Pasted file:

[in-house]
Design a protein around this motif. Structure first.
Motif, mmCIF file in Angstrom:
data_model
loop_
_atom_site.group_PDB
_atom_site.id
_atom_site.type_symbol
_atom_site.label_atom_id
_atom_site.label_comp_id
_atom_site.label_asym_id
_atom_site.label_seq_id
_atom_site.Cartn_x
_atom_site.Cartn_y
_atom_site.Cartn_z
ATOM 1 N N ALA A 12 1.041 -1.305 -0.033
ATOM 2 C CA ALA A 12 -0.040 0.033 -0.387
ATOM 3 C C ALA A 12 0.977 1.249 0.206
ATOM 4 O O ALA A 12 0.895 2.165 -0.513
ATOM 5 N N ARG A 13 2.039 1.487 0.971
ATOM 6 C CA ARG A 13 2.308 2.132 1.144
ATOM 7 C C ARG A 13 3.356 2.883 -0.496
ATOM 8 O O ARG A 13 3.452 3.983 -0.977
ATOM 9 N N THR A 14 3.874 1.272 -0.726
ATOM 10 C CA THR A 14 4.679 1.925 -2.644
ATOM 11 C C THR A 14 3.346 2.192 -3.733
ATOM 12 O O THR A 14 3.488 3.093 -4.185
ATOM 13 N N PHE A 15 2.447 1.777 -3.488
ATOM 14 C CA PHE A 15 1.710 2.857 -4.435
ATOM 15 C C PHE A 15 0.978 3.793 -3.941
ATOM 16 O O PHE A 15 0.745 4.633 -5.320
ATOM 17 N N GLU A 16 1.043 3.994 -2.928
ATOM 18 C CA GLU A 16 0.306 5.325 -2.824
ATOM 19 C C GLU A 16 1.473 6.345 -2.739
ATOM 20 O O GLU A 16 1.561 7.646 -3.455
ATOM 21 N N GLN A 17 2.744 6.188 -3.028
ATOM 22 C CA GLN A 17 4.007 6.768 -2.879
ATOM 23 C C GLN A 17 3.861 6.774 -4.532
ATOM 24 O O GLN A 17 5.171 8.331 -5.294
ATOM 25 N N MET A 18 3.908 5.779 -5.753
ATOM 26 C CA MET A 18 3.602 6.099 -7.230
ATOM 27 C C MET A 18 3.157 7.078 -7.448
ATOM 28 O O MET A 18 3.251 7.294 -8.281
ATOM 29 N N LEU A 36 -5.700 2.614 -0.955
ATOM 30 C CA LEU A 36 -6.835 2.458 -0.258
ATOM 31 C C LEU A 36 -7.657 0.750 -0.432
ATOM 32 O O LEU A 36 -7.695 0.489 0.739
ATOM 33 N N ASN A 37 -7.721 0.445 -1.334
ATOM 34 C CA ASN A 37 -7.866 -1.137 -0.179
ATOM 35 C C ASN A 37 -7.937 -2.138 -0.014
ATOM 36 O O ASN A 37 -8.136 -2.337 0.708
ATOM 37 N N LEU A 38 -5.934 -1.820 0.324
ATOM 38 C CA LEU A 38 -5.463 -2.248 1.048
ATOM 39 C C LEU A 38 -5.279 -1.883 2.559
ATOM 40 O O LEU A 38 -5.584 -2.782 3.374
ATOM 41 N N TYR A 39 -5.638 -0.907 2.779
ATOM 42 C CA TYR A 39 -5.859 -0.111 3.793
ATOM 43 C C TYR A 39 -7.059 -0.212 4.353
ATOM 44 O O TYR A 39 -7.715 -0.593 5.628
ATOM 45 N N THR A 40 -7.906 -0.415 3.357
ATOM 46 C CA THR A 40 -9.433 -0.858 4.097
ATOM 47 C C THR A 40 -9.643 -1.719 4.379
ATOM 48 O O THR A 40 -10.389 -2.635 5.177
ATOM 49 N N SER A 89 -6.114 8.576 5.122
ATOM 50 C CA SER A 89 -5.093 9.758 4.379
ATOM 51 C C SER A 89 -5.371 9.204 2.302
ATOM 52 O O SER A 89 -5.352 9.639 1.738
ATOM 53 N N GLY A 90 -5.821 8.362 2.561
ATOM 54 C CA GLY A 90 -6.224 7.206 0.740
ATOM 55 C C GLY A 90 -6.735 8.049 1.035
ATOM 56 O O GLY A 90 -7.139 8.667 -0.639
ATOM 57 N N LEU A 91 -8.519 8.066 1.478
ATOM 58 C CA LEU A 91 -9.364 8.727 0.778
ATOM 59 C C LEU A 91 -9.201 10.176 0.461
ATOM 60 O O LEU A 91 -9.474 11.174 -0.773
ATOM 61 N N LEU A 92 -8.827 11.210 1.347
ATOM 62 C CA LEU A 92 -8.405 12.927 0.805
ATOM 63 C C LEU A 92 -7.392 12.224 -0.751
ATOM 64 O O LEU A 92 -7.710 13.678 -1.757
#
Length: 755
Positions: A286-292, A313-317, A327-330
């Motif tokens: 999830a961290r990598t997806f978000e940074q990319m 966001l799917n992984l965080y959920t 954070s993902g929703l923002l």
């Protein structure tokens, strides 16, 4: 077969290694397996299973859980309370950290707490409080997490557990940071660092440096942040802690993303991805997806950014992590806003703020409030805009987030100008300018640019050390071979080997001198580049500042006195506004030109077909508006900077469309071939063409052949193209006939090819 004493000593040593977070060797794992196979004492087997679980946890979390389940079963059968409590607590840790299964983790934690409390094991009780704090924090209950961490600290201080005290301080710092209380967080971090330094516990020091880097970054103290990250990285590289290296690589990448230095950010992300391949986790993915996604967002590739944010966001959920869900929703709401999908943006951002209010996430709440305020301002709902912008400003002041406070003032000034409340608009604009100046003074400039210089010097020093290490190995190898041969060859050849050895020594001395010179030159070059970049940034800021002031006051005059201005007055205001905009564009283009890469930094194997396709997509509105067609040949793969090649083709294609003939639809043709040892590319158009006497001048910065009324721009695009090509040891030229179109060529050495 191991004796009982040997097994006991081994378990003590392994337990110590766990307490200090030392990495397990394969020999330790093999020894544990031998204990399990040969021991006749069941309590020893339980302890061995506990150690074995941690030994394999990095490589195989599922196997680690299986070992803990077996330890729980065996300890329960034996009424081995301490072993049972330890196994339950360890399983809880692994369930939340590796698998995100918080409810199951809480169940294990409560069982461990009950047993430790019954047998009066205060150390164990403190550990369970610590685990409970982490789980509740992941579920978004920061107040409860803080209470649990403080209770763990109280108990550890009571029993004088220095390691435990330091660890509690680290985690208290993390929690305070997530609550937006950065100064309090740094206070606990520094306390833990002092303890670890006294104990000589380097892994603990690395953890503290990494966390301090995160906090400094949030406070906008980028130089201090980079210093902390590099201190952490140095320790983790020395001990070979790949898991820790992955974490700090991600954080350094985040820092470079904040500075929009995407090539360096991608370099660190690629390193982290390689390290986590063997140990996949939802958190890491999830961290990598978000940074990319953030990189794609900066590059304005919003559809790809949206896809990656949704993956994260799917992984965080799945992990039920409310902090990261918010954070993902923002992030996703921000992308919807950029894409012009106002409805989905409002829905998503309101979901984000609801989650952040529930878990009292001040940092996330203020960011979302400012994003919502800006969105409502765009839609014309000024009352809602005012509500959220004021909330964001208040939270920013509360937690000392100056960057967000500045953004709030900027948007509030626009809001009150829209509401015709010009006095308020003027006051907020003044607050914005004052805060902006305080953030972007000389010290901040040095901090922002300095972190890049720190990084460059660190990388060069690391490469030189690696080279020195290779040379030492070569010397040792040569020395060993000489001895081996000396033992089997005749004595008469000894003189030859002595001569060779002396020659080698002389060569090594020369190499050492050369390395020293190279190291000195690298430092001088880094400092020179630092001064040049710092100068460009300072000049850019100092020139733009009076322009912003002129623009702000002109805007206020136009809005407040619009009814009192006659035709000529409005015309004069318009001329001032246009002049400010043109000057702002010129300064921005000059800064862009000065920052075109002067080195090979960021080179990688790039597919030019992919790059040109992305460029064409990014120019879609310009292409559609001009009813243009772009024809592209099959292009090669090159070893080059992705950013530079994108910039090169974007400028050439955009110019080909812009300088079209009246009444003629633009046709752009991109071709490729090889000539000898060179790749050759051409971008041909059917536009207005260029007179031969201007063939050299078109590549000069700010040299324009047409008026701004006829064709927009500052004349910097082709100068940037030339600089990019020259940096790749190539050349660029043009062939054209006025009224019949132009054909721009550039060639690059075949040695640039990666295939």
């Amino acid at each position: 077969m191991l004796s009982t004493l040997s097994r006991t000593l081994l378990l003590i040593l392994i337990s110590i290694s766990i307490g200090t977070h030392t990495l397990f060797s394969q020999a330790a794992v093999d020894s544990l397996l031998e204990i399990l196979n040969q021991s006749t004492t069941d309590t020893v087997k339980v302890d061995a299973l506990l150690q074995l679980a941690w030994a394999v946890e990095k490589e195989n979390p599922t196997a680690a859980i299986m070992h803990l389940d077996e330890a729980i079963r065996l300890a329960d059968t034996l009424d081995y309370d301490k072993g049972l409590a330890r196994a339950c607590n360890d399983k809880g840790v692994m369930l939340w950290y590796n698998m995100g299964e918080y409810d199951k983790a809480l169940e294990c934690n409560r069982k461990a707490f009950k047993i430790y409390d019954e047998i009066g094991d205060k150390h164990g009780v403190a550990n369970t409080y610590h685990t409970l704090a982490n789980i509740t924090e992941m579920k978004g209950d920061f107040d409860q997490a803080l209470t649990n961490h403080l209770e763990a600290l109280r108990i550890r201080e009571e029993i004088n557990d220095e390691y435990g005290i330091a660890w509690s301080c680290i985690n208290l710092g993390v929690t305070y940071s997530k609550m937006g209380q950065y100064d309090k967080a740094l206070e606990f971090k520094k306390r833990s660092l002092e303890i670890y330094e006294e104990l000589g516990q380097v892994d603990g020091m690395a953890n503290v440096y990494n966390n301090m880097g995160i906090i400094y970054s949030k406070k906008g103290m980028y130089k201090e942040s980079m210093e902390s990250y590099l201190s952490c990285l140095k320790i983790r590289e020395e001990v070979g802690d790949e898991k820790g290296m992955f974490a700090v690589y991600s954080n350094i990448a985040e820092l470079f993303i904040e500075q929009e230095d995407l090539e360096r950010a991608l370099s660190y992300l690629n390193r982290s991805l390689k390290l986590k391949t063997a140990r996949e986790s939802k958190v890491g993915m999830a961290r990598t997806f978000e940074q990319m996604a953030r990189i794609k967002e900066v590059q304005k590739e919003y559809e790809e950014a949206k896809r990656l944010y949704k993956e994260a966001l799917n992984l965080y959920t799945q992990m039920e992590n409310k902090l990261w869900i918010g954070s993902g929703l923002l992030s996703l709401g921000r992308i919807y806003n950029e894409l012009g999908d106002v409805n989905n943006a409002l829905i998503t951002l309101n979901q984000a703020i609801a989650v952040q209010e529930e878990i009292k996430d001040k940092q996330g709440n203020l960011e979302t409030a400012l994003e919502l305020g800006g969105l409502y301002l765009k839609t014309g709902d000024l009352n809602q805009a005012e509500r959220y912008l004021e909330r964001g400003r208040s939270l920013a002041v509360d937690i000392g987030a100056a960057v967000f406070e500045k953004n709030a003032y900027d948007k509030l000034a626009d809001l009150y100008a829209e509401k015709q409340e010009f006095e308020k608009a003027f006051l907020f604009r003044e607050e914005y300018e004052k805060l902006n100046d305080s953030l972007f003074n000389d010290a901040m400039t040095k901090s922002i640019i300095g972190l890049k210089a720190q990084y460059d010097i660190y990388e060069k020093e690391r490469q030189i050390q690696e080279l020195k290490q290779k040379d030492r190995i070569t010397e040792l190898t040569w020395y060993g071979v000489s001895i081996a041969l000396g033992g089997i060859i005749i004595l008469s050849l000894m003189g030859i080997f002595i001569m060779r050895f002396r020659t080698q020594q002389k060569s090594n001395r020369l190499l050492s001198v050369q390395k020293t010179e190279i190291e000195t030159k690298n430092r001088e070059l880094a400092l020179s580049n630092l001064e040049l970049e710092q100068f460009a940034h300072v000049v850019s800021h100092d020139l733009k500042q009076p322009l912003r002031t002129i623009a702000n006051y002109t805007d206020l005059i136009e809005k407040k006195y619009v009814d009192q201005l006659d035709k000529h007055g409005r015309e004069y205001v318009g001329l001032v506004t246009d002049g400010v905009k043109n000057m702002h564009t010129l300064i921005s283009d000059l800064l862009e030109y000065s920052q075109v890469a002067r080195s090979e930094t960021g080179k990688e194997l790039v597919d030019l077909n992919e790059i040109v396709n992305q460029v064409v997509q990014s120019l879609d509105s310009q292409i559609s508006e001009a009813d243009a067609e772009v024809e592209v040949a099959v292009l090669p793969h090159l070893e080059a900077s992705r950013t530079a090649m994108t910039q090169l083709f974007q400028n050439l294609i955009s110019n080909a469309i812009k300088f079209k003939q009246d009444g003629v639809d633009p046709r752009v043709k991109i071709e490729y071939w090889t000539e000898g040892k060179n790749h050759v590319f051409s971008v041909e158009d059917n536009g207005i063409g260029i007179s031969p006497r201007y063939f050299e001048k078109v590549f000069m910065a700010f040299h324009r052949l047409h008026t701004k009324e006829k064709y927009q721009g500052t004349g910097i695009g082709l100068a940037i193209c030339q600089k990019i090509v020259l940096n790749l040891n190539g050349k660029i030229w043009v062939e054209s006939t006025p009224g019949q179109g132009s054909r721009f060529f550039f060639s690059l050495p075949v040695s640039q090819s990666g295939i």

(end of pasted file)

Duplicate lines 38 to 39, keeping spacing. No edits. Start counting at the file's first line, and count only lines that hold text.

ATOM 23 C C GLN A 17 3.861 6.774 -4.532
ATOM 24 O O GLN A 17 5.171 8.331 -5.294